In 1928, the American D.B Gardner registered a patent application concerning the restitution of a television image using a series of mirrors laid out in a helicoid way, around an axis.
Set of mirrors
This process is put into practice between 1930 and 1935 by some companies like BELL Laboratories in USA and TEKADE in Germany. Practically at the same time, in Europe, the Hungarian Frantz Von OKOLICKSANYI discovers a similar process. Around 1932, the french Joseph BRAMI build a miniaturized apparatus with 30 mirrors which holds in the hand, the VISIOLA (french archive.)
The Gardner mirror screw television system present significant advantages compared to the Nipkow scanning disc. First of all, the image size that can be obtained with the Gardner system is much larger than with a Nipkow disc. The brightness is also considerably more important and several people can see the images at the same time, which is not possible with the Nipkow system.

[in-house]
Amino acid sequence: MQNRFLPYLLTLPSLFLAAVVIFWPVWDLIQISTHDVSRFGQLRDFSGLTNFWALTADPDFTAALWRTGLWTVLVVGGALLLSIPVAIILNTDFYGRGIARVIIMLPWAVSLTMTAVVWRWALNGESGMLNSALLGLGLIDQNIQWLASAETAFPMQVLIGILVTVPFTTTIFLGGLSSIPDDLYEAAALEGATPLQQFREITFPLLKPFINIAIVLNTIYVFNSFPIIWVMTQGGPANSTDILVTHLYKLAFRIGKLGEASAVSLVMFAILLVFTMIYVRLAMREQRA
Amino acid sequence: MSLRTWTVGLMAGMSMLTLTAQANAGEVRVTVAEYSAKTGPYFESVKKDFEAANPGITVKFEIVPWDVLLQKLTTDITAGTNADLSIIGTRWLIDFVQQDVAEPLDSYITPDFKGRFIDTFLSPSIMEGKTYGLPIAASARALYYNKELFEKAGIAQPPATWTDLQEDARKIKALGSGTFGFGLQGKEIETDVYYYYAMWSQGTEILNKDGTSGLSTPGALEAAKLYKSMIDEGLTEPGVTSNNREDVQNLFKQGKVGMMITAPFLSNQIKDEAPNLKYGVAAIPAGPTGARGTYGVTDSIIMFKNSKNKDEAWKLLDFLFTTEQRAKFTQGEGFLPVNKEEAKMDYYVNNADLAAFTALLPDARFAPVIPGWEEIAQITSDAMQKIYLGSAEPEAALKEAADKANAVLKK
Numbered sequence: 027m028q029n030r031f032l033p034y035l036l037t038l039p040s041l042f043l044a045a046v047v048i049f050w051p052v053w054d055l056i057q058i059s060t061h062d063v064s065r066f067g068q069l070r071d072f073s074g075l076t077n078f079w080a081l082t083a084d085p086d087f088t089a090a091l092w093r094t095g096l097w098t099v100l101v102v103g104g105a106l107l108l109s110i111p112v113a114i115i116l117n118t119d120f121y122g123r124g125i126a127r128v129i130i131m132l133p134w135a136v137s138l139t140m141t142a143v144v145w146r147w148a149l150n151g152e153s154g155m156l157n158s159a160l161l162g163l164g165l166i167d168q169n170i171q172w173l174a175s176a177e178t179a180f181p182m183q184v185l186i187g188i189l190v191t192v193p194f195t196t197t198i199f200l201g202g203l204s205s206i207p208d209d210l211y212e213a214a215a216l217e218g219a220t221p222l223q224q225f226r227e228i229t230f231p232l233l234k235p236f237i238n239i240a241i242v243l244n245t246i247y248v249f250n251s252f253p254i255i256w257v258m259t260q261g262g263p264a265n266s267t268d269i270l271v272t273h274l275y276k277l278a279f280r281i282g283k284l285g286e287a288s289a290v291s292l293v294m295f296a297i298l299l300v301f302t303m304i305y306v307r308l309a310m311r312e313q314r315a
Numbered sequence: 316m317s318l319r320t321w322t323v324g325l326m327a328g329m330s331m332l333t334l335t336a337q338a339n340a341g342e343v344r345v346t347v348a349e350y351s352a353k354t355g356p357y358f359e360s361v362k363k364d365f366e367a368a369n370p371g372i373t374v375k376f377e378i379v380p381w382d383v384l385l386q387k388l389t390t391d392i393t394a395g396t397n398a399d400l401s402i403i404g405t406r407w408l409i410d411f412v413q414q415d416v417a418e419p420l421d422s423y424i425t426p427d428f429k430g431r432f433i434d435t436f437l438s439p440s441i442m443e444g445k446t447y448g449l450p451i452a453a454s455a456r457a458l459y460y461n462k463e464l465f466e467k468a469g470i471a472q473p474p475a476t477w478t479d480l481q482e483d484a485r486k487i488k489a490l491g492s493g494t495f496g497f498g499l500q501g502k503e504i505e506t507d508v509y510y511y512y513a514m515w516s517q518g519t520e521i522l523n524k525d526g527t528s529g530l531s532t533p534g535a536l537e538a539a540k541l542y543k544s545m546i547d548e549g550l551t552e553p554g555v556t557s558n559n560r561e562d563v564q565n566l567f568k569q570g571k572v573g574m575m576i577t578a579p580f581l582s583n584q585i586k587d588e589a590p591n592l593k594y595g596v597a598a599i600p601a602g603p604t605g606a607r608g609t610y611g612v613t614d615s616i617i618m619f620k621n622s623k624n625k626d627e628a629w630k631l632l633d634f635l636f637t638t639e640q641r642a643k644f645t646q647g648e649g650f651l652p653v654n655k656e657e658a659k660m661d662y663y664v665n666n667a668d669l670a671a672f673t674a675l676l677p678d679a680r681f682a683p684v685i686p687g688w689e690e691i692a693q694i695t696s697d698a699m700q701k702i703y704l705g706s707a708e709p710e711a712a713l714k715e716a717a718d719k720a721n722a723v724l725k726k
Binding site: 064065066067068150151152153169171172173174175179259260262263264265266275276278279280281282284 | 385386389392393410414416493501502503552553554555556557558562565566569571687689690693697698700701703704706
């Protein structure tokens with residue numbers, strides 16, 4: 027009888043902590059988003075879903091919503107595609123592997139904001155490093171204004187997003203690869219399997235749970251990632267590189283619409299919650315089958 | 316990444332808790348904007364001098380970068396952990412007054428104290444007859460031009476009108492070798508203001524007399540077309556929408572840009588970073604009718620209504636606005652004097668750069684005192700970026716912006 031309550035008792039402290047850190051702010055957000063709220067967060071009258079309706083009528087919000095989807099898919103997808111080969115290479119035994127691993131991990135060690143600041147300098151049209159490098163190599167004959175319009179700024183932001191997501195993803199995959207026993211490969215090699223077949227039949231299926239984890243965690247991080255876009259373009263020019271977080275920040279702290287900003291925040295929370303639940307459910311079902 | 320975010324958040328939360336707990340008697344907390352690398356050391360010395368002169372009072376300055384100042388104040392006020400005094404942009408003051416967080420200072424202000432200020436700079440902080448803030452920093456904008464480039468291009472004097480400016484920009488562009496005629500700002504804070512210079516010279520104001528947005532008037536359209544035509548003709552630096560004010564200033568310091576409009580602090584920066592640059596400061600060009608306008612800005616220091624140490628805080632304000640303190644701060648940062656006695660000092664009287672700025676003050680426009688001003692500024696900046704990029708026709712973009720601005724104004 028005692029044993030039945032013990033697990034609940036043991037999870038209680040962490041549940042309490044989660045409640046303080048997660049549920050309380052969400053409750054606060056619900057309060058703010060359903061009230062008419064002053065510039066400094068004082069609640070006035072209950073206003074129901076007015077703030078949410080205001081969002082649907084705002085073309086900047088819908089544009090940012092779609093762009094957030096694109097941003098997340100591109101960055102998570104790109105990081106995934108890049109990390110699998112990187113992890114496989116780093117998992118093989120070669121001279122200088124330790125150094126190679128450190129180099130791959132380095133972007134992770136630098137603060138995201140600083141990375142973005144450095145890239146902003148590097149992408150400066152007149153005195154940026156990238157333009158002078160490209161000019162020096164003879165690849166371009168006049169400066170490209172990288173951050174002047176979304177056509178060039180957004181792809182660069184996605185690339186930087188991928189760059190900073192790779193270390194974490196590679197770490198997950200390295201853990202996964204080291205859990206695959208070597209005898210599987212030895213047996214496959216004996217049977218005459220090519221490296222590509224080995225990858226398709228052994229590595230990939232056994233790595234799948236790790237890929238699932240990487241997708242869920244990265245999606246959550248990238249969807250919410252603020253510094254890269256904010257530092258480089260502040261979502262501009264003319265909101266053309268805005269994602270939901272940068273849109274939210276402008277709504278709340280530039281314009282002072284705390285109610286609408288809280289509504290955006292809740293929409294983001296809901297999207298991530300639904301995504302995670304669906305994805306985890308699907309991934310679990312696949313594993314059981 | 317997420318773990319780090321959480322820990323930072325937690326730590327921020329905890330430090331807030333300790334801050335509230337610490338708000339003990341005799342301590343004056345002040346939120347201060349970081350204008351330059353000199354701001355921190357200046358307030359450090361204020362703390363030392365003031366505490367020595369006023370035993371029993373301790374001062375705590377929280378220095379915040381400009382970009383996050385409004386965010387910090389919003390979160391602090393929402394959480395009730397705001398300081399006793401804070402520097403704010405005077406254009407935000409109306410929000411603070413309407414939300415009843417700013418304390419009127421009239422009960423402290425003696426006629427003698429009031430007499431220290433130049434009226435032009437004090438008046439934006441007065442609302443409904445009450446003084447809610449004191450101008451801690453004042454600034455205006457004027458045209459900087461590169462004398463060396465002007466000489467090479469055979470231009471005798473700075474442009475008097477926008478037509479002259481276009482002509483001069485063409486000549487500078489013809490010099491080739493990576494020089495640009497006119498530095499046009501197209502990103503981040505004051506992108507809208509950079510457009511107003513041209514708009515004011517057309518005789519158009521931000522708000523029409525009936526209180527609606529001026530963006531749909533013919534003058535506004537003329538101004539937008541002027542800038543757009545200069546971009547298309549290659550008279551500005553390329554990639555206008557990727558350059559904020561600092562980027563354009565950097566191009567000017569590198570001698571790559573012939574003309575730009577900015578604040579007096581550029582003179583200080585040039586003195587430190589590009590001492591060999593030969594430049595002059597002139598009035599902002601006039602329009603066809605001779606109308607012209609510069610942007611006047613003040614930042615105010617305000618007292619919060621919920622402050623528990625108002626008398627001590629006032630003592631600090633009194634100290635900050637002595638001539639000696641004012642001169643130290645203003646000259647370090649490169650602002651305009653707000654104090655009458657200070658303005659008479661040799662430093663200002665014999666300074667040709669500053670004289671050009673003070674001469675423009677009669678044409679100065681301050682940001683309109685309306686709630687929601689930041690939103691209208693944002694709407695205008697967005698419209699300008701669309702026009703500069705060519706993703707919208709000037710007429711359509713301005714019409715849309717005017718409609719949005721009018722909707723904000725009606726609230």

Also, the Gardner system presents particularities such as: according to the distance where you are from the mirrors, you will see one or more images side by side. Thus, the position of the observer is critical and he will see the image being duplicated if he is not at the good distance. Refering to the light module which illuminate the mirrors, its position is also critical. It must consequently be calculated precisely in order to avoid unfoldings and/or luminosity troubles on the images.
Links to get more informations on past and actual experiments on Gardner mirror screw (coloured images )
Early Television Foundation and the web site of Peter Yanczer.